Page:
2017 Risk All Star: Tim Liberty

Creating Positive Vibrations in the Claims Department

Experiencing a period of rapid growth, Tampa’s Baldwin Krystyn Sherman Partners recognized that it needed a dedicated claims department, and wanted someone with workers’ comp experience to lead it. Tim Liberty, then a senior claim specialist for Liberty Mutual and a former Marine, fit the bill perfectly.

Tim Liberty, senior claims consultant, Baldwin Krystyn Sherman Partners

Liberty came on board in 2015, and began building the new department’s processes and procedures from the ground up. BKS clients appreciated the changes right away.

“Our clients generally don’t have a risk manager, and they definitely don’t have [an internal] claims person, so I’ve been their go-to,” said Liberty, “which has relieved a lot of stress on the CFOs and the HR managers that we deal with.”

But Liberty had a bigger vision in mind for the department. Having worked on the other side of claims, Liberty understood how important it is to have positive working relationships with adjusters. So he took the time to say thank you, beginning with an adjuster who’d helped him lower a client’s loss ratio from 120 to 39 percent, lowering their experience mod and saving the client a significant amount of money.

Liberty sent the adjuster a framed certificate of appreciation, signed by founding partner Lowry Baldwin. It might seem like a small thing, but it meant a lot to the adjuster. Liberty said it’s still hanging on her wall.

“I’ve been in the trenches,” said Liberty.

“I know most people don’t like adjusters because they work for the ‘nasty insurance company’ and they deny claims and all of that. But I understand the role and I wanted to appreciate my adjusters as much as possible.”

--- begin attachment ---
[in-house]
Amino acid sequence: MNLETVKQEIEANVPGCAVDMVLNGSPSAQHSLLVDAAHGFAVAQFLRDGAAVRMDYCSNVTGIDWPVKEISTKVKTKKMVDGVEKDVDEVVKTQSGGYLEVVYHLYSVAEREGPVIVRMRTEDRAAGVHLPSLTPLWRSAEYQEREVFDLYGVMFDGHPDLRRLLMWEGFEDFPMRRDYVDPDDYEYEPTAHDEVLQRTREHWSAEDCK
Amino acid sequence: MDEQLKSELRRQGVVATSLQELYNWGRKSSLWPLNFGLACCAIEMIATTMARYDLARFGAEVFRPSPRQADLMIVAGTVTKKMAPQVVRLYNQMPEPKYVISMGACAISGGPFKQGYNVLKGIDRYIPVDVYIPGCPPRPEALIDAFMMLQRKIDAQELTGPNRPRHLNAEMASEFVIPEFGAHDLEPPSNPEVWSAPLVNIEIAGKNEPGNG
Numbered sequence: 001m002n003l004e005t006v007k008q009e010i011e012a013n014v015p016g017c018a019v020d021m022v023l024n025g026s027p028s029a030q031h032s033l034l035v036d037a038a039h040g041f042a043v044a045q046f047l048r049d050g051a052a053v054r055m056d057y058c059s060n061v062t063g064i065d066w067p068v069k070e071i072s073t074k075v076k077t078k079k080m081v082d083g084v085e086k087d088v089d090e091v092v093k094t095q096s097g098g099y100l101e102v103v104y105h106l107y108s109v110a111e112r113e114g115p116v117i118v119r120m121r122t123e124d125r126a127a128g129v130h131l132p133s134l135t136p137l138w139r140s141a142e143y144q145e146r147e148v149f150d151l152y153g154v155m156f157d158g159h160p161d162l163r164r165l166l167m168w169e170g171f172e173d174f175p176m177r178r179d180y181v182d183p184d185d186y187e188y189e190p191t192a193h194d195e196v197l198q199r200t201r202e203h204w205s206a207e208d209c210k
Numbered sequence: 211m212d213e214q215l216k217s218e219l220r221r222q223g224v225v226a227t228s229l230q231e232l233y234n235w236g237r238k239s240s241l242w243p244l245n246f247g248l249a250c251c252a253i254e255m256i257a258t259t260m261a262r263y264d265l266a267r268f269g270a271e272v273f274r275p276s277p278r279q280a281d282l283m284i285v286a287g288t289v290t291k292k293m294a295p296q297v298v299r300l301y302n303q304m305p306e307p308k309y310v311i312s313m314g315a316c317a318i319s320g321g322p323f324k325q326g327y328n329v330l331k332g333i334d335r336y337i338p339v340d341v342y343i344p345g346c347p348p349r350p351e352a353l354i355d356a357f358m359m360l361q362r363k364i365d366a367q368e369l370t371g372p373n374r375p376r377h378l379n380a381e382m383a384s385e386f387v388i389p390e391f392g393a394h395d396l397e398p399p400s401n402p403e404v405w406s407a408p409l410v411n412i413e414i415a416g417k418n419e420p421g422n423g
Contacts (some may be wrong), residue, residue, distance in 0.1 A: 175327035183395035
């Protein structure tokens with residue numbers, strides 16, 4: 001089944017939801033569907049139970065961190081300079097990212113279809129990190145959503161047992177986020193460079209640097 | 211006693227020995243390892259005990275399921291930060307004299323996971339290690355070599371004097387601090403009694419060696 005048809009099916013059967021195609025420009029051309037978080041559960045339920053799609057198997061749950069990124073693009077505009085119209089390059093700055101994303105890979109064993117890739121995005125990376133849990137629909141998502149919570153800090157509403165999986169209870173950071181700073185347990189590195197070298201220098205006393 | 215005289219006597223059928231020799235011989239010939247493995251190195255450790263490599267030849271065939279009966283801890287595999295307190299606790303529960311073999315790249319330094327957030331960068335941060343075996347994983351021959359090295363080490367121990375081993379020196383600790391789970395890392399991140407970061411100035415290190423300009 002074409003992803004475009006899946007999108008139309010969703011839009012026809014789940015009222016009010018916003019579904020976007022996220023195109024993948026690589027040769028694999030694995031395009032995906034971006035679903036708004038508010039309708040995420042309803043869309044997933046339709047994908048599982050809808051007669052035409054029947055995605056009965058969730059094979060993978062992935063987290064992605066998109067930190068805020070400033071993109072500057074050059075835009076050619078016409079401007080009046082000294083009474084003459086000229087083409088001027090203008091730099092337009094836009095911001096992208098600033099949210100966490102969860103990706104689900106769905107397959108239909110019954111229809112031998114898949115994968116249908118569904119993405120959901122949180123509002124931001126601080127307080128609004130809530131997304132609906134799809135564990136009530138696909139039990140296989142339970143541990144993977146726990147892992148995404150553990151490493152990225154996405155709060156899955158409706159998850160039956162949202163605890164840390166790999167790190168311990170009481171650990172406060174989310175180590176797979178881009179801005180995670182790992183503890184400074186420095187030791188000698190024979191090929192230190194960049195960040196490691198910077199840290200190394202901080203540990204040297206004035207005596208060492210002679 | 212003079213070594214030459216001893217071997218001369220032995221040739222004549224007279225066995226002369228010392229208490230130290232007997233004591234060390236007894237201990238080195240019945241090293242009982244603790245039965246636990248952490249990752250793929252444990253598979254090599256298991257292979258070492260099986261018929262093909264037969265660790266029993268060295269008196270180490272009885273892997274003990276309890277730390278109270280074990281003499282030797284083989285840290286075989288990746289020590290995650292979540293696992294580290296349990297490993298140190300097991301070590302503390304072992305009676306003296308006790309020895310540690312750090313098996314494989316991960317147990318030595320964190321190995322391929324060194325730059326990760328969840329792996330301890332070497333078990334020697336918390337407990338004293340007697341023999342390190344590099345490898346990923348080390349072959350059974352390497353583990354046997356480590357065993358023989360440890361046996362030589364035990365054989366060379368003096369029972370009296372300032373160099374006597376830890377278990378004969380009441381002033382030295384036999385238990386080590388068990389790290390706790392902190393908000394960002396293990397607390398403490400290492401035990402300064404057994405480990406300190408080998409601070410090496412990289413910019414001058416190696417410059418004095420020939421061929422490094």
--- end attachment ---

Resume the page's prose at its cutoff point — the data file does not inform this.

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Liberty will routinely send small thoughtful gifts and thank-you notes to adjusters who go the extra mile, and he makes sure their supervisors hear about it as well. He sent the chief claims officer of a major carrier an email complimenting the work of an adjuster who’d done an excellent job handing a claim.

“She was kind of taken aback,” he said, “because the chief claims officer normally only gets the angry emails.”

“I’ve been in the trenches. I know most people don’t like adjusters because they work for the ‘nasty insurance company’ and they deny claims and all of that.” — Tim Liberty, senior claims consultant, Baldwin Krystyn Sherman Partners

Carriers appreciate how Liberty and BKS treat their adjusters, and the positive vibe extends to the larger relationship that BKS has with its carriers. BKS has been able to ask for — and get — dedicated adjusters on certain accounts, and acceptance of special claims handling instructions that might go beyond what a carrier will normally agree to.
Because of the bonds that Liberty has forged with adjusters and carriers, he knows he can ask them to go above and beyond in terms of customer service.

“I’m able to get that done because they see what I do with their adjusters and that I recognize them,” said Liberty, and it’s also because BKS — and its clients — are growing at a healthy pace.

“They like BKS. They like doing business with us — I think we do business the right way. They want to keep us happy and grow with us as well. Everybody [is] on the same page and they want to grow together, so it hasn’t been too hard of a sell.” &

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Risk All Stars stand out from their peers by overcoming challenges through exceptional problem solving, creativity, perseverance and passion.

See the complete list of 2017 Risk All Stars.

More from Risk & Insurance

More from Risk & Insurance

2018 Risk All Stars

Stop Mitigating Risk. Start Conquering It Like These 2018 Risk All Stars

The concept of risk mastery and ownership, as displayed by the 2018 Risk All Stars, includes not simply seeking to control outcomes but taking full responsibility for them.
By: | September 14, 2018 • 3 min read